When I was growing up we moved around quite a bit. I changed schools a lot and experienced living in places ranging from the head of a hollow to the city. As a result I acquired an accent of my own; not ‘hillbilly’ and not ‘buckeye’. When I was in Ohio I was told I “talked like a hillbilly” but when I was in Kentucky I was told that I talked like a “buckeye”.
Once I was going to school in southeastern Kentucky, I think it was around the 6th grade. I was reading a book about edible plants and came across a plant called Jack in the Pulpit. The root of the plant is edible, however in its natural state it includes a chemical that mimics the hottest hot pepper you could find. Native Americans and old timers leached the chemical from the roots before using them for food.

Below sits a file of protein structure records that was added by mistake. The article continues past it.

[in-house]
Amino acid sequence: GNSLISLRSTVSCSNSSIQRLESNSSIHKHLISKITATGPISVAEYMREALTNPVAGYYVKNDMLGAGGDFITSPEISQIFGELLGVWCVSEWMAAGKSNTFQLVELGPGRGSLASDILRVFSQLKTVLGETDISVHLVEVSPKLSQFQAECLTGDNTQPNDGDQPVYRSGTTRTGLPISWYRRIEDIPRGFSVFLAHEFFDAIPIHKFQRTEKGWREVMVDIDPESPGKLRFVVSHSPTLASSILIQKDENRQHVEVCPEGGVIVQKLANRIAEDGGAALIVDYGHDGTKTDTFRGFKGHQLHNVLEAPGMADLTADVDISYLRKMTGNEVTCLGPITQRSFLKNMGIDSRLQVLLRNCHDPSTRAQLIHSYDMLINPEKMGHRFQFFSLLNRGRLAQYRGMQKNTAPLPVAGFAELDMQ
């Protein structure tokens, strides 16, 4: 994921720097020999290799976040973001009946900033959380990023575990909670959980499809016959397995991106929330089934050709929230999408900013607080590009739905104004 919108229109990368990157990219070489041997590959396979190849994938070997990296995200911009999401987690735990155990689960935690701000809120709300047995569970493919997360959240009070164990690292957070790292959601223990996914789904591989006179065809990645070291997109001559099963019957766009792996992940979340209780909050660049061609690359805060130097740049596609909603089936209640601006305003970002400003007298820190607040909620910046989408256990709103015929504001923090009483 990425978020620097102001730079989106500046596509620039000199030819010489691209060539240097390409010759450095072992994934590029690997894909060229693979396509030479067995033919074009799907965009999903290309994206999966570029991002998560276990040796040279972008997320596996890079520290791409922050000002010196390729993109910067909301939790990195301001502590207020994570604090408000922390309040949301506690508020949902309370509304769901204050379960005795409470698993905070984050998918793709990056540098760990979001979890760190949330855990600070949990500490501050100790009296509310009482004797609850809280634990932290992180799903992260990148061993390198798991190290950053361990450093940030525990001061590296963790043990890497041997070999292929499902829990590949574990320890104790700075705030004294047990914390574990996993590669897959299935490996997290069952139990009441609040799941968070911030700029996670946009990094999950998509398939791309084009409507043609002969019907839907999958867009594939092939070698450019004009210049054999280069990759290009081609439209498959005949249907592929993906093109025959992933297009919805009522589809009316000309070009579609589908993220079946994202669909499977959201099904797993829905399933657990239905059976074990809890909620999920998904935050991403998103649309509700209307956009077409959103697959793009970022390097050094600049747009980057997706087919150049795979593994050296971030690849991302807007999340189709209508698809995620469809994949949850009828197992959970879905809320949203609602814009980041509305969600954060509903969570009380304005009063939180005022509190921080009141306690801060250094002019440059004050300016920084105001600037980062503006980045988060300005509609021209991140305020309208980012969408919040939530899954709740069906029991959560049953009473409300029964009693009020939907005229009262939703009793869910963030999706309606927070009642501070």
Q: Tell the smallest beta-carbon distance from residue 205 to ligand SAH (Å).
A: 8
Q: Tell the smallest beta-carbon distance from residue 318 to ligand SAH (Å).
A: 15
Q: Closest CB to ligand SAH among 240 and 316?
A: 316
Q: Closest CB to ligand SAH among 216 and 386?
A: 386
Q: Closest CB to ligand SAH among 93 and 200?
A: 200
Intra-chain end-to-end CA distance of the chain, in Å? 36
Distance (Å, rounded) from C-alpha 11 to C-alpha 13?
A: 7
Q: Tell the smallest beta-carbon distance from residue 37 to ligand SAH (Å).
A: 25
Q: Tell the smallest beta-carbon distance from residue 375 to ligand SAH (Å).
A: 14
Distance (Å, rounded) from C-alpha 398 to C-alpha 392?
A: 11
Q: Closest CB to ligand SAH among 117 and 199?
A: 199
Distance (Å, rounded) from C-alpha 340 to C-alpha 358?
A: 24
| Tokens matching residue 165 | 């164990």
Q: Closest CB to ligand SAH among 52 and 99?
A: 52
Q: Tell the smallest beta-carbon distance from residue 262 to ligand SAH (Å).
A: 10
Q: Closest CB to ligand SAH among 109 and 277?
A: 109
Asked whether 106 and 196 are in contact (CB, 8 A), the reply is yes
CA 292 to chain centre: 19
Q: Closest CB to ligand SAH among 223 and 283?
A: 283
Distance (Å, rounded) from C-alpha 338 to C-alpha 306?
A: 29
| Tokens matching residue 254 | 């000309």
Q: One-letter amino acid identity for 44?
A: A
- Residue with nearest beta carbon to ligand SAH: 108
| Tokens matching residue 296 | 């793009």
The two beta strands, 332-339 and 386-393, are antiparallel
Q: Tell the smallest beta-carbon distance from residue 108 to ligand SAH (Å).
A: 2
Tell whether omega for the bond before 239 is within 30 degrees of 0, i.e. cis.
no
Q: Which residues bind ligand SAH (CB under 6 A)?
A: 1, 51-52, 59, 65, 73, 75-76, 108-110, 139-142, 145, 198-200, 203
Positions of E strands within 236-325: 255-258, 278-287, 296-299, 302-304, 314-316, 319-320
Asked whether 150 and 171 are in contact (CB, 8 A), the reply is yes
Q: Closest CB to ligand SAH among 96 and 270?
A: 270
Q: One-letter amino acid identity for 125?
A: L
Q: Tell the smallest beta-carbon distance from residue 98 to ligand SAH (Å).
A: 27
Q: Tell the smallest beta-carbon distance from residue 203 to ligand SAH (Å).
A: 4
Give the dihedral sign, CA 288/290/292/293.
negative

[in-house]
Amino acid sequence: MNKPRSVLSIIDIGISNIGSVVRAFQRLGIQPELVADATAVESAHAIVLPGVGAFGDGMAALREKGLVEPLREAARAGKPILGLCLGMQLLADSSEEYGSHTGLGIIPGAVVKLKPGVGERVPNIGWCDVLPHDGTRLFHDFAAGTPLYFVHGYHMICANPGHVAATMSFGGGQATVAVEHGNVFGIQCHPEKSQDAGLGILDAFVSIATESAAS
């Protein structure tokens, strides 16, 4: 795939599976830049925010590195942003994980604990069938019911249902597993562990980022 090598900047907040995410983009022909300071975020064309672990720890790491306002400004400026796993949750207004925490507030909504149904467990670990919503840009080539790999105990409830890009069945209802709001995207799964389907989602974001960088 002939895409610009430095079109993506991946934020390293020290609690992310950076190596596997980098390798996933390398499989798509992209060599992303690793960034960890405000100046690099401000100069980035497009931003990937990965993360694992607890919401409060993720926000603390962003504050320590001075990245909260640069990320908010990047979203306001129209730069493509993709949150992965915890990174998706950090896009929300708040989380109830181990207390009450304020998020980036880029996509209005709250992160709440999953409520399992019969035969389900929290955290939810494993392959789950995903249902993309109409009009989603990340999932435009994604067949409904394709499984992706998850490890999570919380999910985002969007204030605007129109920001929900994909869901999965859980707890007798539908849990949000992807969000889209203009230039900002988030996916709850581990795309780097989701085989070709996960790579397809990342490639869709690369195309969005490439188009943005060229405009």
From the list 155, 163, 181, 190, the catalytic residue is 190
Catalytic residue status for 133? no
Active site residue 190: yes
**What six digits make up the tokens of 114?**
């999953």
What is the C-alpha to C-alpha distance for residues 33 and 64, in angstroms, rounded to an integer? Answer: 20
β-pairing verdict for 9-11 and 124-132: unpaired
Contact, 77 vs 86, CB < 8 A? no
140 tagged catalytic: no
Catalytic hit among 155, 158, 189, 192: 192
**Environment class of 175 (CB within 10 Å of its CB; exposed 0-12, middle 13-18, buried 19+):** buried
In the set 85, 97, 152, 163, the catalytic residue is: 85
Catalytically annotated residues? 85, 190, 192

What I found particularly interesting was a citation that country boys would trick city boys into taking a bite of a fresh root. I thought it would be really funny if a country boy were to trick a city boy into chomping down on one of them hot roots. Not too long after that I was hiking in the hills with a buddy. I was scanning around watching for the Jack in the Pulpit, then I saw some.
I dug up a root and rinsed it off in the stream and carried it with me for awhile as I was talking to my buddy about how the ‘Indians” ate them. Eventually I asked him if he had ever eaten one to which he said, “No.” I reached the root to him and told him to try it out. He bit about half of it off and started chewing. Within a couple seconds he was spitting it out and running back the way we had come toward the stream. All the way he was yelling “… you son of a bi….!”
Fortunately he calmed down and forgave me of my joke. Maybe I will tell you about some of the jokes that same guy had played on me some time. He told me that what he felt was hotter than anything you could imagine, but it wasn’t hot like a pepper, it was actually very painful. I did regret the joke after I did it, but not enough to take a bite myself as he tried to persuade me to do!